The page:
CASELAW-EPO - reviews of EPO Boards of Appeal decisions

T 1731/19 – A mere reference to statements made in opposition proceedings is not enough in appeal

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The patent relates to a “Turbine airfoil apparatus and corresponding manufacturing method”.

Brief outline of the case

The opposition was rejected and the opponent appealed.

The board decided that claim 1 as granted lacked N over D1=US 2011/0223004, not mentioned on the ISR established by the EPO.

AR 1-3 were not admitted in the procedure for lack of substantiation.

Claim 1 of AR 4 was not allowable as it infringed Art 123(2).

The patent was thus revoked.

The case is interesting in view of the way the board dealt with the admission and the ranking of the requests.

Non admissibility of AR 1-3

AR 1 to 3 are identical to AR 1 to 3 submitted during the opposition procedure. The board noted that, when re-submitting these requests with its reply to the statement of grounds of appeal, the proprietor omitted any comment in respect to the question of why the amendments to the independent claims of the respective AR might overcome the outstanding objections and therefore might justify amending the impugned decision.

The proprietor’s argument that such justification was provided already before the OD and therefore not required to be repeated when filing its reply to the appeal grounds fails already in view of the very wording of Art 12(2) RPBA07, referred to in Art 12(4) RPBA07, stating that the reply should specify expressly inter alia all the facts and arguments relied on.

Moreover, in its statement of grounds of appeal the opponent had raised specific objections under Art 84 and 123(2) against the amendments of the claims in AR 1 to 3, to which the proprietor gave no consideration at all in its reply.

The board rejected the proprietor’s view that the Rules of Procedure of the Boards of Appeal would provide only guiding principles for the conduct of an efficient procedure and should not be applied too strictly to the detriment of the proprietor, in particular in cases, such as the present, where AR were already submitted in the opposition proceedings but were not considered because the opposition against the patent was rejected.

The board further held that, in the same way as the appellant-opponent has to raise and substantiate all objections it intends to pursue in the appeal proceedings in the statement of grounds of appeal, irrespective of the fact that they had already been raised in the opposition proceedings, the respondent-proprietor is required to present all facts and arguments in its reply to support and substantiate its requests for maintenance of the patent, be it as granted or in amended form according to the auxiliary requests submitted with the reply.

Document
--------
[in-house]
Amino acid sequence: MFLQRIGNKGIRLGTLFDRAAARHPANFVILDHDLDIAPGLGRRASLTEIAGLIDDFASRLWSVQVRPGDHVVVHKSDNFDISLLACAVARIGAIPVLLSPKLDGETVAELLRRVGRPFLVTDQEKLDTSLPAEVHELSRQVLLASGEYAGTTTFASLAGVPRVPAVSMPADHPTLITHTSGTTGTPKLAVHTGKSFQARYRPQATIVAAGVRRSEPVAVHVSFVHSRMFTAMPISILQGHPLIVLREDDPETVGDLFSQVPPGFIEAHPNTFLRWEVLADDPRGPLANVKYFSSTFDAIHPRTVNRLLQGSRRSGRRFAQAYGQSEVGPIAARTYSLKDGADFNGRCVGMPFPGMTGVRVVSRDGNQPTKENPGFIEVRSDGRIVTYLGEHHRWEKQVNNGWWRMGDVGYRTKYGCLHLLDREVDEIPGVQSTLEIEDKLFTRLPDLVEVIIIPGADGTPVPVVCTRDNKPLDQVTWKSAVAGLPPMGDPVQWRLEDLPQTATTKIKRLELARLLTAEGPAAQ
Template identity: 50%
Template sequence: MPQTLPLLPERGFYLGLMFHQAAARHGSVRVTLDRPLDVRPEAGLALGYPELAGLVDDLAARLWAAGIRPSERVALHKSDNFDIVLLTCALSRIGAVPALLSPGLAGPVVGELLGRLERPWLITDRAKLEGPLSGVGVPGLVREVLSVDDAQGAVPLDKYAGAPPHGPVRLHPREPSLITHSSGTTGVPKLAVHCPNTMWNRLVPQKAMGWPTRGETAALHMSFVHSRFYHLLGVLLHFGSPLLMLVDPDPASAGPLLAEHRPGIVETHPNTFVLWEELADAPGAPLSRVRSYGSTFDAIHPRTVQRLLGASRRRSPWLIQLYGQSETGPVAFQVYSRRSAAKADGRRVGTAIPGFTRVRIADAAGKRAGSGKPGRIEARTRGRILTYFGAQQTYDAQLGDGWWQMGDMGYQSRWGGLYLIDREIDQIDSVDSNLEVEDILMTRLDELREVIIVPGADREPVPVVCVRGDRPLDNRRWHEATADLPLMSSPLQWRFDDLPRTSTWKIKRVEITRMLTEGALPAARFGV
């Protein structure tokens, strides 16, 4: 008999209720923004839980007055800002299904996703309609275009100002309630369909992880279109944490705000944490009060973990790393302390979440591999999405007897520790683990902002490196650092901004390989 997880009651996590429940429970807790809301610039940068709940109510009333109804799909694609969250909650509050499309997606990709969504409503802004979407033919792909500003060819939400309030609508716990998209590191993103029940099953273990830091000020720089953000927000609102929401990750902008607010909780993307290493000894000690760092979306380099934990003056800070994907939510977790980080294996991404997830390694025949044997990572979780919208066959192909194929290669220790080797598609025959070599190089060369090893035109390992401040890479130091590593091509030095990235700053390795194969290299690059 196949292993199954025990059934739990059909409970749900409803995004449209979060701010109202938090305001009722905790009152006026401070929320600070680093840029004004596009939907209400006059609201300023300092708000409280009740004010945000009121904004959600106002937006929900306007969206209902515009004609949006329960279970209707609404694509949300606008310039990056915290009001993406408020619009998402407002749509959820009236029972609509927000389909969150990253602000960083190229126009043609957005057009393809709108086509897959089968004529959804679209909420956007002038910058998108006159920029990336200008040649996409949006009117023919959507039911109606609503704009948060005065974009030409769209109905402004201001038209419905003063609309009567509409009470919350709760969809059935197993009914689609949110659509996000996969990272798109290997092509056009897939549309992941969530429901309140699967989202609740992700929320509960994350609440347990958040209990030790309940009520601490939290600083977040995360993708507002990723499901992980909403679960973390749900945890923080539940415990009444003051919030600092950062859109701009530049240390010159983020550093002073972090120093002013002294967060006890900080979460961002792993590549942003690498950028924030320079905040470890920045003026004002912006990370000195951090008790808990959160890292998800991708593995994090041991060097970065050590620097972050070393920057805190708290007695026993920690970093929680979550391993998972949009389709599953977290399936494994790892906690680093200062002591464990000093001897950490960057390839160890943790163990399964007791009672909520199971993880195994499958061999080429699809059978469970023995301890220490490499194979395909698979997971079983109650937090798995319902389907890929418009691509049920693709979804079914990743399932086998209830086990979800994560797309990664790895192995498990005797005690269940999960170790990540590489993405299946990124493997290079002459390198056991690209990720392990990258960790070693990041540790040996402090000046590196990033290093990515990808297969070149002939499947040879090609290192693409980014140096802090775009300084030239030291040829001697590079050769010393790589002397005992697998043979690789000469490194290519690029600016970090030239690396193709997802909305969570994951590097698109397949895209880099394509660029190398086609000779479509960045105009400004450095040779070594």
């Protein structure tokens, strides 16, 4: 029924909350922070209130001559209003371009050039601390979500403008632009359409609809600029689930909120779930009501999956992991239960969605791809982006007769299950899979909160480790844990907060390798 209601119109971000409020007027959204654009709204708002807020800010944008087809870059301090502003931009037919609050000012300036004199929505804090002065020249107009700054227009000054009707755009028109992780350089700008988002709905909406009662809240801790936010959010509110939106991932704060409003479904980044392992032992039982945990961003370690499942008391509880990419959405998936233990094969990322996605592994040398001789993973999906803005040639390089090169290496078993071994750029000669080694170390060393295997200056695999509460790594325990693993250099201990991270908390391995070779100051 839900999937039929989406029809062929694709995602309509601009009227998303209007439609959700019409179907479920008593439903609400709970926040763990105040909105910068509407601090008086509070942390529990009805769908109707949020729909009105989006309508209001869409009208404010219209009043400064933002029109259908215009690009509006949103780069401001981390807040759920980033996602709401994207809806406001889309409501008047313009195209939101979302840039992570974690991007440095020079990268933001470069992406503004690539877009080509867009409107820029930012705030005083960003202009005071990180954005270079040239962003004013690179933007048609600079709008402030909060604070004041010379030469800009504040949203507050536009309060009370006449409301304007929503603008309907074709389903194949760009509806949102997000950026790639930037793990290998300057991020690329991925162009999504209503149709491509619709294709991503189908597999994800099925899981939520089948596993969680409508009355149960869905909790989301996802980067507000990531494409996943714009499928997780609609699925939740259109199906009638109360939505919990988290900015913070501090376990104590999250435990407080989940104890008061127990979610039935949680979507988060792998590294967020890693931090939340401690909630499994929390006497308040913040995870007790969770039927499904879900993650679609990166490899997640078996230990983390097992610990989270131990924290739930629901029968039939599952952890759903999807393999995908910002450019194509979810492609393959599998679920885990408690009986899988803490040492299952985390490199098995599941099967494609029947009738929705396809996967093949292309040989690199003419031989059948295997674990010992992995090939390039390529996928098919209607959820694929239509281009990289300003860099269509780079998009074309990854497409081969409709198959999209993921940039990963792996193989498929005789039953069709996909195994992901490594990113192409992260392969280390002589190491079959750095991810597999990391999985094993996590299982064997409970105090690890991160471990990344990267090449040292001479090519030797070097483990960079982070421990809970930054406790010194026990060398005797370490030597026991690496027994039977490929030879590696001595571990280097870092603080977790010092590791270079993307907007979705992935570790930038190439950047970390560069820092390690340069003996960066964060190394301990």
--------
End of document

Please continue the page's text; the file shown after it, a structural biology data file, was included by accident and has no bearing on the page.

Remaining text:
Request for remittal

At the OP, the proprietor requested that the request for remittal be dealt with before a decision was taken on the issue of admittance of the AR.

As justification for this prioritisation of the request for remittal, the proprietor submitted that in the event of a remittal to the opposition division, the requests that had been filed in the opposition proceedings, thus also including AR 1 to 3, could then be further pursued since they were part of the opposition proceedings.

For the board, prioritising the request for remittal would have the effect of circumventing the substantiation requirements of Art 12(2) RPBA07, as this provision does not apply in opposition proceedings. The proprietor’s request for prioritisation of the request for remittal therefore comprises implicitly the request not to apply the substantiation requirements of Art 12(2) RPBA 2007. It is evident that such a request, which is against the applicable law, cannot be followed.

A case can only be remitted if it is clear on what basis the opposition division should further proceed. In the present case, the board decided on the proprietor’s main request and did not admit auxiliary requests 1 to 3 into the proceedings. The board also dealt itself with AR 4. Thus, there are no requests left on the basis of which the OD could proceed. The request for remittal was therefore rejected.


Admissibility and ranking of the requests

The present decision not to admit AR 1-3 was taken under the RPBA07.

The RPBA21 would not lead to a different result when looking at Art 12(3) RPBA21.

It is difficult to understand why some applicants/proprietors lose their application/patents by not abiding to the rules of the game=the RPBA.

The RPBA, and certainly the RPBA20/21 are not just merely guiding principles for the conduct of an efficient procedure.

It is nothing new under the sun that a mere reference to submissions in opposition when entering appeal is not successful. This is the more so, when the opponent/appellant has raised objections in its statement of grounds of appeal.

In principle a board is bound by the order of the requests. It has also been decided that changing the order of the requests amount to an amendment of the case.

That furthermore, the boards do not like to be tricked out should also not come as a surprise. Putting the request for remittal first in the hope it would be granted was doomed to fail.

On the procedure

The patent should never have been granted in the form it was. The ISR established by the EPO only mentioned 3 documents of category A. The document allowing to deny IS to claim 1 as granted was not found on the ISR, although the patent and D1 relate to the same topic and are to be found in corresponding classification units in which the search was carried out.

As the rejection of the opposition was set aside by the board and the patent we revoked, the present decision of the OD belongs to the 50%+ of decisions set aside in 2023.

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